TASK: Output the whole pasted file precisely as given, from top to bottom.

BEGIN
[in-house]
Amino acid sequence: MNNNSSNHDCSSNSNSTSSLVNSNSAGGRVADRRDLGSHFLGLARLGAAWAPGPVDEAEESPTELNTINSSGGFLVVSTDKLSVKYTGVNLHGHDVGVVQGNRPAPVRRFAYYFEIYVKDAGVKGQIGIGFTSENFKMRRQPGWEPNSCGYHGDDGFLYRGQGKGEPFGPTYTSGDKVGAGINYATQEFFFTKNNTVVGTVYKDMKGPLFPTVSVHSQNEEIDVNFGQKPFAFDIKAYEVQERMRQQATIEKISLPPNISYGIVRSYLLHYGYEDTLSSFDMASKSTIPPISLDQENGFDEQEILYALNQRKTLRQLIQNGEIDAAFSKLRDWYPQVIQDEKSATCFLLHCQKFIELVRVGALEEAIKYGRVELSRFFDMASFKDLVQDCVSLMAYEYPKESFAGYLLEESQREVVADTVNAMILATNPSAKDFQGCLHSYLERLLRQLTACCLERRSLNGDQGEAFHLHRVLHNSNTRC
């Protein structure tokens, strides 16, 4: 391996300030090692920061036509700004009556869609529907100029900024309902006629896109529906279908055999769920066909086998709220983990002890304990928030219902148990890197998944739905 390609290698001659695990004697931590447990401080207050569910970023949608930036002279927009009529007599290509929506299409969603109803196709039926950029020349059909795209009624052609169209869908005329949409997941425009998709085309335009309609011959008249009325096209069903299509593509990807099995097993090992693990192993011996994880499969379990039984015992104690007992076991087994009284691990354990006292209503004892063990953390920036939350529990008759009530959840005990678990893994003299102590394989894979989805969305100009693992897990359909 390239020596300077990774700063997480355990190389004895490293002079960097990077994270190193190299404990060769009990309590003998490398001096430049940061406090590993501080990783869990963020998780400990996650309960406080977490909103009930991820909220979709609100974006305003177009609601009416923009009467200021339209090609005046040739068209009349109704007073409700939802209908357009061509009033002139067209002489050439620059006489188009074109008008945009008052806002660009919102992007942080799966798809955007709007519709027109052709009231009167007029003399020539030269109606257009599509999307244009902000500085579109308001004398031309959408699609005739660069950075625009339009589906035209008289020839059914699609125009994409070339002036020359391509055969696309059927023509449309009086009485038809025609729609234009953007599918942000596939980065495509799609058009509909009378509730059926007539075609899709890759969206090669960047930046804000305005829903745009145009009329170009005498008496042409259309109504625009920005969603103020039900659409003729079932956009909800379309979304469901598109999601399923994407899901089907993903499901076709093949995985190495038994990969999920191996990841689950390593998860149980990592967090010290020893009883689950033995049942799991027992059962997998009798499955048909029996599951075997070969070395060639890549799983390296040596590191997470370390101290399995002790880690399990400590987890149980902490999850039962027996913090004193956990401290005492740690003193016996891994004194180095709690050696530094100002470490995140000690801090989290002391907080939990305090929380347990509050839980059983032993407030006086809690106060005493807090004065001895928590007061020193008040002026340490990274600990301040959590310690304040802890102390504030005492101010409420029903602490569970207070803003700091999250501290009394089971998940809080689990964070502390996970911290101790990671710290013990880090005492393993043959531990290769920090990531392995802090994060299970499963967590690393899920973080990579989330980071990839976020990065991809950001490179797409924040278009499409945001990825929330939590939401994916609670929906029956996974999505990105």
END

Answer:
[in-house]
Amino acid sequence: MNNNSSNHDCSSNSNSTSSLVNSNSAGGRVADRRDLGSHFLGLARLGAAWAPGPVDEAEESPTELNTINSSGGFLVVSTDKLSVKYTGVNLHGHDVGVVQGNRPAPVRRFAYYFEIYVKDAGVKGQIGIGFTSENFKMRRQPGWEPNSCGYHGDDGFLYRGQGKGEPFGPTYTSGDKVGAGINYATQEFFFTKNNTVVGTVYKDMKGPLFPTVSVHSQNEEIDVNFGQKPFAFDIKAYEVQERMRQQATIEKISLPPNISYGIVRSYLLHYGYEDTLSSFDMASKSTIPPISLDQENGFDEQEILYALNQRKTLRQLIQNGEIDAAFSKLRDWYPQVIQDEKSATCFLLHCQKFIELVRVGALEEAIKYGRVELSRFFDMASFKDLVQDCVSLMAYEYPKESFAGYLLEESQREVVADTVNAMILATNPSAKDFQGCLHSYLERLLRQLTACCLERRSLNGDQGEAFHLHRVLHNSNTRC
């Protein structure tokens, strides 16, 4: 391996300030090692920061036509700004009556869609529907100029900024309902006629896109529906279908055999769920066909086998709220983990002890304990928030219902148990890197998944739905 390609290698001659695990004697931590447990401080207050569910970023949608930036002279927009009529007599290509929506299409969603109803196709039926950029020349059909795209009624052609169209869908005329949409997941425009998709085309335009309609011959008249009325096209069903299509593509990807099995097993090992693990192993011996994880499969379990039984015992104690007992076991087994009284691990354990006292209503004892063990953390920036939350529990008759009530959840005990678990893994003299102590394989894979989805969305100009693992897990359909 390239020596300077990774700063997480355990190389004895490293002079960097990077994270190193190299404990060769009990309590003998490398001096430049940061406090590993501080990783869990963020998780400990996650309960406080977490909103009930991820909220979709609100974006305003177009609601009416923009009467200021339209090609005046040739068209009349109704007073409700939802209908357009061509009033002139067209002489050439620059006489188009074109008008945009008052806002660009919102992007942080799966798809955007709007519709027109052709009231009167007029003399020539030269109606257009599509999307244009902000500085579109308001004398031309959408699609005739660069950075625009339009589906035209008289020839059914699609125009994409070339002036020359391509055969696309059927023509449309009086009485038809025609729609234009953007599918942000596939980065495509799609058009509909009378509730059926007539075609899709890759969206090669960047930046804000305005829903745009145009009329170009005498008496042409259309109504625009920005969603103020039900659409003729079932956009909800379309979304469901598109999601399923994407899901089907993903499901076709093949995985190495038994990969999920191996990841689950390593998860149980990592967090010290020893009883689950033995049942799991027992059962997998009798499955048909029996599951075997070969070395060639890549799983390296040596590191997470370390101290399995002790880690399990400590987890149980902490999850039962027996913090004193956990401290005492740690003193016996891994004194180095709690050696530094100002470490995140000690801090989290002391907080939990305090929380347990509050839980059983032993407030006086809690106060005493807090004065001895928590007061020193008040002026340490990274600990301040959590310690304040802890102390504030005492101010409420029903602490569970207070803003700091999250501290009394089971998940809080689990964070502390996970911290101790990671710290013990880090005492393993043959531990290769920090990531392995802090994060299970499963967590690393899920973080990579989330980071990839976020990065991809950001490179797409924040278009499409945001990825929330939590939401994916609670929906029956996974999505990105």